All great recipes begin with the words, “my grandmother used to cook…”. This is especially true in the case of a soup called Sancocho. I remember my grandmother waking up very early on a Saturday morning to make a large stockpot of this soup. It would feed the entire family for days. Cooked in a rich beef stock infused with an array of starchy vegetables, Sancocho is a great vehicle for your fall and winter’s harvest. Bits of beef chuck help drive the hearty effect and small cut-up cobs of sweet corn yields good balance. While the most common ingredients in sancocho are yucca, potato, pumpkin, sweet corn, plantains, beef chuck, beef stock and sofrito for a cooking base, the design of this dish makes it particularly advantageous for other vegetables that are in season, and also easy to switch to a broth that is not animal based.
Make space in your refrigerator because a large stockpot will nourish you for days. When you’re ready to eat, take out of the fridge and let sit for 30 minutes before heating on low temperature, then serve when hot. As the days go by, the soup only gets thicker and more flavorful as the starches of the vegetables disintegrate into the broth.
A piping hot bowl of Sancocho is known to soothe and comfort. As soon as you notice the onset of a cold (i.e. that first itch in your throat, that first sniffle, or any hint of muscle soreness), I encourage you to get to the supermarket or nearest farmers market and gather up ingredients for this deliciously healthy elixir of sorts. You will feel strong again. Serve with a small bowl of rice, or better yet, break a piece of bread, slather on soft butter and bite into it. Mmm! Slurp the hot broth and bite into small chunks of tender beef so richly flavored of sofrito. Remove a small piece of corn on the cob and allow to cool off before gnawing and sucking the juices it has absorbed. When you’ve finished eating, get back in your bed and get some rest. Brooklyn, EAT your heart out!
- healthy dose of extra virgin olive oil, about 2 – 3 tablespoons
- 1 medium sized onion, minced
- 3 – 4 large garlic cloves, minced
- 1 green bell pepper, minced
- 1 red bell pepper, minced
- 1 pound of beef chuck, cut into bite size pieces
- 1 large yucca (cassava), cut into 1 – 2 inch wheels
- 1 large sweet potato, chopped
- 2 green plantains, cut into one inch wheels
- 2 – 3 large carrots, chopped
- 1/2 or medium sized pumpkin, chopped
- 3 ears of corn, cut into 1 – 2 inch wheels
- 12 cups of beef stock (homemade or store-bought), or 6 beef bouillons and 12 cups of water
- 2 cups of water
- 1 cup of red wine (optional)
- 1/2 – 1 tablespoon of sea salt, to taste
Note: I have deviated from my grandmother’s sancocho recipe (as well as any other traditional sancocho recipe). You can use store-bought sofrito such as Goya. However, I like the fresh, non-MSG taste of homemade sofrito. For this sofrito, I left out tomatoes and spices such as cumin, adobo, and sazon. Also, I used whole cilantro leaves as a garnish in lieu of adding it to the sofrito.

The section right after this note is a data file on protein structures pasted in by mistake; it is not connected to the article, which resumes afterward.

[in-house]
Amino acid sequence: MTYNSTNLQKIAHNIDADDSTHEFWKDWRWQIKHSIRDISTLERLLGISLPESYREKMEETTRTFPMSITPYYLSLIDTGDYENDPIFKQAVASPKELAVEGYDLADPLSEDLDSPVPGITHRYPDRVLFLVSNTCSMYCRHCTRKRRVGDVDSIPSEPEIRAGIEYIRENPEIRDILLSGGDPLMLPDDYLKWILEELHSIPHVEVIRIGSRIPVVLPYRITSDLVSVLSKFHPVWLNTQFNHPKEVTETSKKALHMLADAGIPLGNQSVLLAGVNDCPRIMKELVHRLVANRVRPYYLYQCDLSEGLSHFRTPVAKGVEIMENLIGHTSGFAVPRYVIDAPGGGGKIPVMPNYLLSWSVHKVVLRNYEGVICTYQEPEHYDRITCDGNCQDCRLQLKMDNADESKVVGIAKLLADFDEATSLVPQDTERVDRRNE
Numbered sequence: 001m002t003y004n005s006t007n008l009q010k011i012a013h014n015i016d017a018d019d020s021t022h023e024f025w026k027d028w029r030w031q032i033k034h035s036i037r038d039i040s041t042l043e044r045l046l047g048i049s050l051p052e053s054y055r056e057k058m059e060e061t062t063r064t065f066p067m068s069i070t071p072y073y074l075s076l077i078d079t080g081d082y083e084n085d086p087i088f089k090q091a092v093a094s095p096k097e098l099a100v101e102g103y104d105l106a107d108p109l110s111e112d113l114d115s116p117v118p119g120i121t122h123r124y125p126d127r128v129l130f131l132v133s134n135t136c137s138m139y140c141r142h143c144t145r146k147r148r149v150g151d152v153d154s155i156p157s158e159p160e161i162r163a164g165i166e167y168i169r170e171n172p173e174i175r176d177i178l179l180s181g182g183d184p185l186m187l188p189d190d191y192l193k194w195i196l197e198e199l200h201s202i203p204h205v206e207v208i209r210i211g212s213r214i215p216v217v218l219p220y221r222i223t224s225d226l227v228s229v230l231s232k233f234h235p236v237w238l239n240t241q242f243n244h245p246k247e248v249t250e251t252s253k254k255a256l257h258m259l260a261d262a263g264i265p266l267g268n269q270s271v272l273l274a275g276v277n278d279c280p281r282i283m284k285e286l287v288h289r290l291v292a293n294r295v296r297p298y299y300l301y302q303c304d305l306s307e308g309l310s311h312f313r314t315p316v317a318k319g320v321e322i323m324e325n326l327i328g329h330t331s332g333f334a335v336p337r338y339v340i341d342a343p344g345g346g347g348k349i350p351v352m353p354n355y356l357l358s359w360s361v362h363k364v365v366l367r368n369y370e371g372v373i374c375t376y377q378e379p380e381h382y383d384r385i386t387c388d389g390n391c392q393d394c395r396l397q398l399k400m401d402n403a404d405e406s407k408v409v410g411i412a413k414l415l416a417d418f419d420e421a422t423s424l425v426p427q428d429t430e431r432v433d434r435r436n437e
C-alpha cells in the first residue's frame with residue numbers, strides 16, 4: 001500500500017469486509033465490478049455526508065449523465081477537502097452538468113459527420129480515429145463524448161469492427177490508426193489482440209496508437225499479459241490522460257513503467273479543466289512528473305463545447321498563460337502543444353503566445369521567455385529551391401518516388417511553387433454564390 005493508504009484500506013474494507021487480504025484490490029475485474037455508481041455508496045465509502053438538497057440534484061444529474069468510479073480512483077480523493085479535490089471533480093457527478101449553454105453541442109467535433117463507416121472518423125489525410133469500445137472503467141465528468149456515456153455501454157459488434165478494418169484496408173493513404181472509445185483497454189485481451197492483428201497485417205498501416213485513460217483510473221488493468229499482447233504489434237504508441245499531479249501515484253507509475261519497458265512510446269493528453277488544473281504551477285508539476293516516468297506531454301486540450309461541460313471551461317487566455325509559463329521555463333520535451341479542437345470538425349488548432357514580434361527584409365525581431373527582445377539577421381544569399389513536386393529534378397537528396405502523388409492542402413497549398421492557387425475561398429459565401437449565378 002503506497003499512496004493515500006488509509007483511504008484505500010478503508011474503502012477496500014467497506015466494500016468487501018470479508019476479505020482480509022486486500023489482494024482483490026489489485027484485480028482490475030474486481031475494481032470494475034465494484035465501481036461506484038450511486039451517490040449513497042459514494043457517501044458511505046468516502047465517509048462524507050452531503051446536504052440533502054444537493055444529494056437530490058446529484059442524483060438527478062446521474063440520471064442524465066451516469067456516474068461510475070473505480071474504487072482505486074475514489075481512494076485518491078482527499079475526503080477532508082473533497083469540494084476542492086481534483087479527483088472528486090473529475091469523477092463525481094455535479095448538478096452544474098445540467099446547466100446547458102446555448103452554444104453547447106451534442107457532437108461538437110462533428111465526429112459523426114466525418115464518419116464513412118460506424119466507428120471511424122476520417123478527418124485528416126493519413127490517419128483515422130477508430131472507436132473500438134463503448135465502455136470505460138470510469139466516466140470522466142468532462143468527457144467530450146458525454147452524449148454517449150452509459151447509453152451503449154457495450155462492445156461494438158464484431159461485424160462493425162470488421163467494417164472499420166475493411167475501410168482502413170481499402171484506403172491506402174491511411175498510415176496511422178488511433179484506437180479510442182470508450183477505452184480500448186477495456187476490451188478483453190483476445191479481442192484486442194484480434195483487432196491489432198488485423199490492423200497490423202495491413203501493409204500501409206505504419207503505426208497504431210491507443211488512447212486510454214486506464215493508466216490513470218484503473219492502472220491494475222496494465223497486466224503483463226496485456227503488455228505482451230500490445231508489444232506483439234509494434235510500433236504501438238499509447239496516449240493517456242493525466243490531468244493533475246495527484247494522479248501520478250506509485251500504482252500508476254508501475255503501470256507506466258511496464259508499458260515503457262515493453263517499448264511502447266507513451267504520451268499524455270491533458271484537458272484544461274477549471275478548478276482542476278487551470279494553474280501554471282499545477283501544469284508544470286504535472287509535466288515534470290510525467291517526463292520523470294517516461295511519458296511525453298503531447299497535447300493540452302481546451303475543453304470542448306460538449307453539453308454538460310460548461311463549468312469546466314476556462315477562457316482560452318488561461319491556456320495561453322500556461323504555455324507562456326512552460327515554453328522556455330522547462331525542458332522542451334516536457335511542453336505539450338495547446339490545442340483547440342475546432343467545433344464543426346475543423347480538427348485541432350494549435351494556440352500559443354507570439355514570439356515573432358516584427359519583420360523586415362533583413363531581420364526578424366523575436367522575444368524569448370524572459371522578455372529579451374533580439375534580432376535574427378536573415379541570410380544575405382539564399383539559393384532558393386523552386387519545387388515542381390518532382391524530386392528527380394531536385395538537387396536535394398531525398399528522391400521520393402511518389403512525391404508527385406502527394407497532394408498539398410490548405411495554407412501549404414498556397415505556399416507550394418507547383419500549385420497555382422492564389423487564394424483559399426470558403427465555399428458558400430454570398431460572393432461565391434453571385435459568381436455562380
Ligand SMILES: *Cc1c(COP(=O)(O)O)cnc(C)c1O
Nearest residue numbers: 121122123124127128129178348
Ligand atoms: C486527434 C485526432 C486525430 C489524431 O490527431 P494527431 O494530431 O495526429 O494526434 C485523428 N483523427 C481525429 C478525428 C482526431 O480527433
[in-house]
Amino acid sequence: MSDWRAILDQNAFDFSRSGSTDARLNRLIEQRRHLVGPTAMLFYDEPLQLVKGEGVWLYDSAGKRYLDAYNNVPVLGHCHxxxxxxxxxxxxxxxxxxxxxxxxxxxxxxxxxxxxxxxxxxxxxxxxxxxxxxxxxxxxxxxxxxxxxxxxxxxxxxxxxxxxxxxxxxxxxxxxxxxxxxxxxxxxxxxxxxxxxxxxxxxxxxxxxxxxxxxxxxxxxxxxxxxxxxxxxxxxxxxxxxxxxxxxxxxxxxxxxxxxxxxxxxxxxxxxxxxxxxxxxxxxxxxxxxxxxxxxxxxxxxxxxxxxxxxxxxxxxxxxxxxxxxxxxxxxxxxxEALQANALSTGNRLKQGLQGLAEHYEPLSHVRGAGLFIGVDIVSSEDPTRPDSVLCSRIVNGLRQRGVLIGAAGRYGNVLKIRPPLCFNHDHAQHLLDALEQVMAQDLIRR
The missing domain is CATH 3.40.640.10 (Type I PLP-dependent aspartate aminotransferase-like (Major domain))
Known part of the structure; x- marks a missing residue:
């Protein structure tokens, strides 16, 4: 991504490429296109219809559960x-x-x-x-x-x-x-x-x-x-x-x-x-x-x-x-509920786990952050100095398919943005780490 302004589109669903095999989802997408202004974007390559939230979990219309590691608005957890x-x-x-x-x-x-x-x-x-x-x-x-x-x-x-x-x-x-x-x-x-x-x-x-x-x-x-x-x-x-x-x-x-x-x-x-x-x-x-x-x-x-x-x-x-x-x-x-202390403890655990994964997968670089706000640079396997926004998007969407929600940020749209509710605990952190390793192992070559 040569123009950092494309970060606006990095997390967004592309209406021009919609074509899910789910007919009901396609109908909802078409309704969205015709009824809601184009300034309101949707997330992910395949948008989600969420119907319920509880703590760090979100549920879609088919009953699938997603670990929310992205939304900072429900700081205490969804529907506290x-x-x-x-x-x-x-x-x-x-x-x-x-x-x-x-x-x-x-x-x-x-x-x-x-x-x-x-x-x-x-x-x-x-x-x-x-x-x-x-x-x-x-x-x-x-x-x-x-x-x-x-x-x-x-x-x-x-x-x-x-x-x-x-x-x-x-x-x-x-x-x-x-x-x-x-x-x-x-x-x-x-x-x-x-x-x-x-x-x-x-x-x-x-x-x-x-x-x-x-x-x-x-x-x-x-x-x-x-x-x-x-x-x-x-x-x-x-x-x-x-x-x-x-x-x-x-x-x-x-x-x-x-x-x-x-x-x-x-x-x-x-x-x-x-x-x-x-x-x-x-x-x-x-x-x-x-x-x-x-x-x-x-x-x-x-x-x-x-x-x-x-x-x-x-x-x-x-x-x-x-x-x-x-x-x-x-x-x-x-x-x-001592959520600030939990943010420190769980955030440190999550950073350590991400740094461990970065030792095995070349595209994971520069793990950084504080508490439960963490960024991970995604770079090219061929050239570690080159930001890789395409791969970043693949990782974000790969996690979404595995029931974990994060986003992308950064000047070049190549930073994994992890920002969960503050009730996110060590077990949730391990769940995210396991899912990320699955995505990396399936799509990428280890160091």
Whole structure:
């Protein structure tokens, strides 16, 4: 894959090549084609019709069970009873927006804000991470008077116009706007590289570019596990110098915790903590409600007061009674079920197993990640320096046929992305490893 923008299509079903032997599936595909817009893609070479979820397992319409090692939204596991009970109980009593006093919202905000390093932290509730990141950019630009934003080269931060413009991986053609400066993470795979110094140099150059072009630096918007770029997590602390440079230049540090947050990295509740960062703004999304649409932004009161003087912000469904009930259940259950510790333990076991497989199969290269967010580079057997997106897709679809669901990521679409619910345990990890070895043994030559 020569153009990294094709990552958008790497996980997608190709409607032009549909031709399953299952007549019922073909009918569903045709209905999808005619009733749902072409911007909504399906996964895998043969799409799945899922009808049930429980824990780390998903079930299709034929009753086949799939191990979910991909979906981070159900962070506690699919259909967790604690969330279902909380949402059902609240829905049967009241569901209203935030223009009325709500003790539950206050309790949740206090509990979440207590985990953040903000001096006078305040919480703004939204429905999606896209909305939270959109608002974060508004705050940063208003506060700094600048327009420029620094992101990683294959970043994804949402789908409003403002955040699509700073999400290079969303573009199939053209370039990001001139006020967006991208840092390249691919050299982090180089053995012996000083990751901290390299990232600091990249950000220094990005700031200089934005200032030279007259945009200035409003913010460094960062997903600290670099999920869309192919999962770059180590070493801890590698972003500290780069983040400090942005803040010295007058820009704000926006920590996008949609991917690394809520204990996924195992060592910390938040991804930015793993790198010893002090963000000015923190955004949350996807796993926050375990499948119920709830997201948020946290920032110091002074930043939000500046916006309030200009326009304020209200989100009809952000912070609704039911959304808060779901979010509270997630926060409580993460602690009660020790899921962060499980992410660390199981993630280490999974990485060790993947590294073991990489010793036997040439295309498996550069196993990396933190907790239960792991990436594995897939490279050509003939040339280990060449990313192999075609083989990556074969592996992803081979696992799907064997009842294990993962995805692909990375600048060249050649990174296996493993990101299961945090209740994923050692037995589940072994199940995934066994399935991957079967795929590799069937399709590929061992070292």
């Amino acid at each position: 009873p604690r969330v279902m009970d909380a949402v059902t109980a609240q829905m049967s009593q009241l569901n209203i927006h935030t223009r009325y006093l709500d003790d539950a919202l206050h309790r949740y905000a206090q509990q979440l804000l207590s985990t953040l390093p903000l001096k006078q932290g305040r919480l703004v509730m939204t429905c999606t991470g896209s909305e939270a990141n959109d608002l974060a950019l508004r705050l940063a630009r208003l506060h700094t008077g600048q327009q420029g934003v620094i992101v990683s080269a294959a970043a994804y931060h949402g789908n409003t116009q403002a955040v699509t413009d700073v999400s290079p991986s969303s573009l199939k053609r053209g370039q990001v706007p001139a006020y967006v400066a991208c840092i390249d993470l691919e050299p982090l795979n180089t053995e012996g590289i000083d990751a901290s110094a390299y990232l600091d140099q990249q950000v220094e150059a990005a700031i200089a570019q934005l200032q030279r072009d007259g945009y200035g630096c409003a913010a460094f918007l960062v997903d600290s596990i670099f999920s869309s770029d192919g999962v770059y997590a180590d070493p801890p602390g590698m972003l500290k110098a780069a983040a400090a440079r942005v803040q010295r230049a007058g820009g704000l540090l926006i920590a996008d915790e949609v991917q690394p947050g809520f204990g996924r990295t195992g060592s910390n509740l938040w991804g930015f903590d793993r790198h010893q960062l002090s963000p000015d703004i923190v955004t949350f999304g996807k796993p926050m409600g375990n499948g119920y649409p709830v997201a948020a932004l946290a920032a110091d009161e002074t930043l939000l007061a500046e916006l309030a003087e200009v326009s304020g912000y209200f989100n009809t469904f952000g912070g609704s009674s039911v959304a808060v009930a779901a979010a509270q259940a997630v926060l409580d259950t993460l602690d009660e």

In a large stockpot, sauté the sofrito (i.e. minced onions, garlic, green bell pepper, and red bell pepper) in olive oil. Add a dash of salt to draw out moisture and allow to caramelize. Allow the sofrito to sizzle on medium low heat until translucent and caramelized, about 10 minutes or so. Then move all the sofrito in the stockpot to one side and add the beef chuck. Let beef brown on all sides, about 2 – 3 minutes. If using wine, now is the time to add it. Stir and reduce by half. If not using wine, mix beef with sofrito, then add all chopped vegetables except for the corn on the cob. Add salt, stir all contents, cover pot and let steam on medium low heat for 5 minutes or so. This will allow the beef and veggies to be infused by the sofrito. Raise heat to medium high and add beef stock. Once stock starts to boil, lower heat immediately to medium and let the soup start to cook for about an hour. Do not boil, keep at a nice simmer. Skim off any foam that floats to the surface. Taste soup and add salt or pepper as needed. Add up to 2 more cups of water as stock evaporates, adjusting taste with salt and pepper seasoning if necessary. Let cook for another hour on medium low heat. When the yucca (cassava) and plantains are soft, the soup is ready. Add corn on the cob pieces and let the hot broth cook the corn for about 5 – 10 minutes. Turn off heat, let soup sit for 10 minutes. Give it a good stir and serve with a small bowl of rice or bread and butter. Garnish soup with whole cilantro leaves. Enjoy!